Flu Symptom in Dog

"Flu symptom in dog can be treated with antibiotics if secondary infections are present. There is no treatment for the flu itself."

Dogs with the flu do not always show symptoms. The only way to get the flu is if your dog has come in contact with other dogs in the past 7 days. Since it is thought to be an airborne infection, a dog can get the disease just by being near other dogs such as in a kennel (similar to the way kennel cough is contracted). It takes up to 7 days for symptoms to appear. Symptoms are similar to kennel cough.

Infected dogs can spread the virus for seven to ten days after symptoms occur. There is no vaccine available for this disease.

Flu symptom in dog are either mild or severe. No dog is immune and most will only get the mild form.

- Soft, moist cough lasting about 10-30 days
- Nasal discharge (sign of secondary bacterial infection that can be treated with antibiotics)
- Low grade fever

Severe form:
High-grade fever (104-106°F)
Increased respiratory rate and effort

Treatment of Dog Flu Symptoms

Since there is to cure for dog flu, it is best to treat the symptoms which largely involves keeping your dog comfortable while possibly boosting the immune system with natural supplements.

Most dogs will not need antibiotics. If prescribed, your veterinarian recommend antibiotics for treatment of secondary bacterial infections of the sinuses or lungs. This works 95 percent of the cases. Like in humans , antibiotics do not destroy viruses.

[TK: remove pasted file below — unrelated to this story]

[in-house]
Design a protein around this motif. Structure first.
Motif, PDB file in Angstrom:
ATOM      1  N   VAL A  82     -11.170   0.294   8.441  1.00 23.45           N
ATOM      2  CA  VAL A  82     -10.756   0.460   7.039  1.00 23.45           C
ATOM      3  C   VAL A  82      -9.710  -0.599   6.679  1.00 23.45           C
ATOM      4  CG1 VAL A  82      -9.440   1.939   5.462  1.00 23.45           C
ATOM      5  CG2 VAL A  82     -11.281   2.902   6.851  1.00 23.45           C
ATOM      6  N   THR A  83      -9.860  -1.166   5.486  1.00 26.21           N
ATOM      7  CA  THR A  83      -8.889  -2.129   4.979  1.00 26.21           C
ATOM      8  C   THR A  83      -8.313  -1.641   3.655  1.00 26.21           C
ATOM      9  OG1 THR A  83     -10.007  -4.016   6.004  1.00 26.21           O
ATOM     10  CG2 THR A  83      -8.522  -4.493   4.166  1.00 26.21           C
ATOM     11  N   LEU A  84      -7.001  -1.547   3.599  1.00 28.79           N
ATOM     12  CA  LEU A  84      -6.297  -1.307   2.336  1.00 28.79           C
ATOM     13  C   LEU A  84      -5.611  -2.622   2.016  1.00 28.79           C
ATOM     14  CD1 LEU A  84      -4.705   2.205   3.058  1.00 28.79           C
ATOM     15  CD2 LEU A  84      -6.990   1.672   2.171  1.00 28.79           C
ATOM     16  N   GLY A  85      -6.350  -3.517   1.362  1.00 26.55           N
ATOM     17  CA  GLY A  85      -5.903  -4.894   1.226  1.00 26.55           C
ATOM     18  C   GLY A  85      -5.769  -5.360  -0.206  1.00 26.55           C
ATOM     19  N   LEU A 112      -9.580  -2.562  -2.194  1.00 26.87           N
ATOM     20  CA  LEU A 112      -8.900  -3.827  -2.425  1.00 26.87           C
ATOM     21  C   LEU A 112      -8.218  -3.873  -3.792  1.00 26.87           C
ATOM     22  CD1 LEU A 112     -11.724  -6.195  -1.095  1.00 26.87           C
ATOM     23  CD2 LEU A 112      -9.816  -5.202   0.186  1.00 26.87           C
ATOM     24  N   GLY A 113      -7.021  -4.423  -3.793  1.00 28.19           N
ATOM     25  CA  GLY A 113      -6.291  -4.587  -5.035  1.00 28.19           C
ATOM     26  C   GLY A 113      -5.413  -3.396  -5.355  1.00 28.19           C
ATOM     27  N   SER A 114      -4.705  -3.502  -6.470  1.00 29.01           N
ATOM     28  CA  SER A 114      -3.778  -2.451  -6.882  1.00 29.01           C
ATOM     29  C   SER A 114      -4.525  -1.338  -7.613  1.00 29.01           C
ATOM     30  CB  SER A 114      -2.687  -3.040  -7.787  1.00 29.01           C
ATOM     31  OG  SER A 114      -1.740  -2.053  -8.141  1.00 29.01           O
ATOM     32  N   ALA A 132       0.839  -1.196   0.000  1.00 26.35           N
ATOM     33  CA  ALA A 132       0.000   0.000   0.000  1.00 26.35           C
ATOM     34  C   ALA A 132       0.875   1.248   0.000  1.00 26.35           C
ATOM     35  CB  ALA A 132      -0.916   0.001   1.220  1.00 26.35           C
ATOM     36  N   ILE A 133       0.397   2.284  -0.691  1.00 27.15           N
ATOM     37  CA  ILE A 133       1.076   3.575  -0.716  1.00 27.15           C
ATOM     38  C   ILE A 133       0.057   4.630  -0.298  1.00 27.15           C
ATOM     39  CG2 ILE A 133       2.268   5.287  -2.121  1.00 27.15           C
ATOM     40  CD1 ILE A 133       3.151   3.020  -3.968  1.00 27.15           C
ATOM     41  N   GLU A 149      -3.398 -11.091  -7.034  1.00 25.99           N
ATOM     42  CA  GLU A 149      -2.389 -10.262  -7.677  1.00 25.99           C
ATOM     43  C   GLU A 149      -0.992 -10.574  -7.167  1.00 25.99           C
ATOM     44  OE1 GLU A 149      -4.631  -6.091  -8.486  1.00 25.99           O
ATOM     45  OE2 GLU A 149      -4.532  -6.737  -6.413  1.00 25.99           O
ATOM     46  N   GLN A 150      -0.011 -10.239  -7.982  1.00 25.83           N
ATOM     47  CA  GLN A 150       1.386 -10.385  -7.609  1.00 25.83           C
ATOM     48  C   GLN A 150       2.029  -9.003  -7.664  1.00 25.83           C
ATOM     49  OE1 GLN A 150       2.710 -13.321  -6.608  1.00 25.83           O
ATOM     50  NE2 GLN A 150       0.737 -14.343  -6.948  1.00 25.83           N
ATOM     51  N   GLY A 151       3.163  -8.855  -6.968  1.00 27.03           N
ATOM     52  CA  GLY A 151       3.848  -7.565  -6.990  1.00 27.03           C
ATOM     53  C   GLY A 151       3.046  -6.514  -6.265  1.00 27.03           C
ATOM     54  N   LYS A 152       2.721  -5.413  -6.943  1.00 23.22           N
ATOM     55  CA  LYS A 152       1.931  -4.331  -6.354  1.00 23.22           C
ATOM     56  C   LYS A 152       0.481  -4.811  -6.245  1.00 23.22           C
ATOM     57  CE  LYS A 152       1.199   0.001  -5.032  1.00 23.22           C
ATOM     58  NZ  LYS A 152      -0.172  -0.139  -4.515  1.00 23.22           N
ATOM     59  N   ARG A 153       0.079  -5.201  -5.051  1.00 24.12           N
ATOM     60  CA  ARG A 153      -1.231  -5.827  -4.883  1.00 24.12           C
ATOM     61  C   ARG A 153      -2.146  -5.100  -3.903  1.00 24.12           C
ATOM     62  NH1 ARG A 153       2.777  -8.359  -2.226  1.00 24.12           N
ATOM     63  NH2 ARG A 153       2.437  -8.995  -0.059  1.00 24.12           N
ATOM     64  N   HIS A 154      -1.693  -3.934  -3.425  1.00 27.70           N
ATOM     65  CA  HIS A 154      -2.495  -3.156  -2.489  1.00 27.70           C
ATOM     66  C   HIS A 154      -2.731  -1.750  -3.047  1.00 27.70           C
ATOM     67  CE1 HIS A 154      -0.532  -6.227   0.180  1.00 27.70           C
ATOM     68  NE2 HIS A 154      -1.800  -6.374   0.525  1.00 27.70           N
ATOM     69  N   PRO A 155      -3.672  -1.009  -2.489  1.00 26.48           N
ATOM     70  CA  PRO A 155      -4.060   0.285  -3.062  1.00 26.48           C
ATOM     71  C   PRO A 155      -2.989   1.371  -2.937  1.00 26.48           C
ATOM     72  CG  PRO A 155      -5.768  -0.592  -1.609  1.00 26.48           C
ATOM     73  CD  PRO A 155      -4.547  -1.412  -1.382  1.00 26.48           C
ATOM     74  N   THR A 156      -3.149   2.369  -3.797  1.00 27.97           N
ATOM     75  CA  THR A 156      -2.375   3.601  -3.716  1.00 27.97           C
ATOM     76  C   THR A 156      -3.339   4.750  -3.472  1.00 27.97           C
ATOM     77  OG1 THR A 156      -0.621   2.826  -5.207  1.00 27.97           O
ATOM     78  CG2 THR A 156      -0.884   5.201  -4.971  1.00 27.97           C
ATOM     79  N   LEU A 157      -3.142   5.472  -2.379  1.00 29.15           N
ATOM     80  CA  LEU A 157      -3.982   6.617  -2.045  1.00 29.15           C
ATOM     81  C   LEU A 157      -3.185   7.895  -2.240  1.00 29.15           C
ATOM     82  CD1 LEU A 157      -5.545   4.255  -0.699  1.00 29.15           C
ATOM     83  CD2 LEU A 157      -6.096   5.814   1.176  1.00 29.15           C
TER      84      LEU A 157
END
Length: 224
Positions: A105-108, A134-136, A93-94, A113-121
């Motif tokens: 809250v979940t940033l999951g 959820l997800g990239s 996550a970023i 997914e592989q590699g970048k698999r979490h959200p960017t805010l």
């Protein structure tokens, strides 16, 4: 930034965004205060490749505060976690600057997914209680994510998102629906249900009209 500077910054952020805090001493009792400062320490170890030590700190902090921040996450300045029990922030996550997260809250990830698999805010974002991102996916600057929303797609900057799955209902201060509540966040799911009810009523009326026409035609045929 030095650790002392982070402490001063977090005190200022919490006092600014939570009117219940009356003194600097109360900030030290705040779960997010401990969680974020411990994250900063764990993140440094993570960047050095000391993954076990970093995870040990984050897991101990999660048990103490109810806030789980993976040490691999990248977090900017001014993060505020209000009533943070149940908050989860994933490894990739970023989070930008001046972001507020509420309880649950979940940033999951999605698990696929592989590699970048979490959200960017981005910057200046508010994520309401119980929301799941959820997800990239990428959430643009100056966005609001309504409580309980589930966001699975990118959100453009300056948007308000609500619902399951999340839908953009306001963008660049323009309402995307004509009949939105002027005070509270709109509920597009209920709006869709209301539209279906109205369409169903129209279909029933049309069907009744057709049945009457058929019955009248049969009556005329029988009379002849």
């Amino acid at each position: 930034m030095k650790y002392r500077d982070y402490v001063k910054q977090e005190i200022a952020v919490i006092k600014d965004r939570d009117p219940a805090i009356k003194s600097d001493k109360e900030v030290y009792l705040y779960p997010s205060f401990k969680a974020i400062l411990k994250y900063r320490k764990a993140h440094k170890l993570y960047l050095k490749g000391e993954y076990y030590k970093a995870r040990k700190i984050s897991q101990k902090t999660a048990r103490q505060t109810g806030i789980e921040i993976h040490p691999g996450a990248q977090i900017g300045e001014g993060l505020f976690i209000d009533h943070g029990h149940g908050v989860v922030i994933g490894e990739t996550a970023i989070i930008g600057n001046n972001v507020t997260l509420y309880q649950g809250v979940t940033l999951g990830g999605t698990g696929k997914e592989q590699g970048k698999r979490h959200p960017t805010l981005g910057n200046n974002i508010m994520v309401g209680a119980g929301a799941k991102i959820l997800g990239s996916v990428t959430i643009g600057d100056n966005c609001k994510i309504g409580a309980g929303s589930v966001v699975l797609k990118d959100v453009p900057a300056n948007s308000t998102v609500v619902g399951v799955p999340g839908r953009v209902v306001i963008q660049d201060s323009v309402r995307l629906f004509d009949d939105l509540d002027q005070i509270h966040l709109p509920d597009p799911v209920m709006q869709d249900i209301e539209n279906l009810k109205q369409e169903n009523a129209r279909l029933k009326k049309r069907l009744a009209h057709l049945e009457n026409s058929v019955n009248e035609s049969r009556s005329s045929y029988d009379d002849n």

Keep your dog warm and comfortable. Like humans, many dogs like warm chicken broth as a rare treat. If congested, try a vaporizer or turn your bathroom into a steam room by running the shower hot, and then allowing your dog to enter the bathroom and breath the steam for 5 to 10 minutes.

Natural Treatment of Flu Symptom in Dog

If your dog is susceptible to flu or similar illnesses such as Kennel Cough ask your veterinarian about dietary supplements such as those offered by PetAlive. They are formulated to boost the immune system and support the respiratory system of your dog. They are well researched with a good track record of success.


Washington State University
College of Veterinary Medicine
Canine Influenza Q & A Fact Sheet

Kari Foss
April 27, 2006

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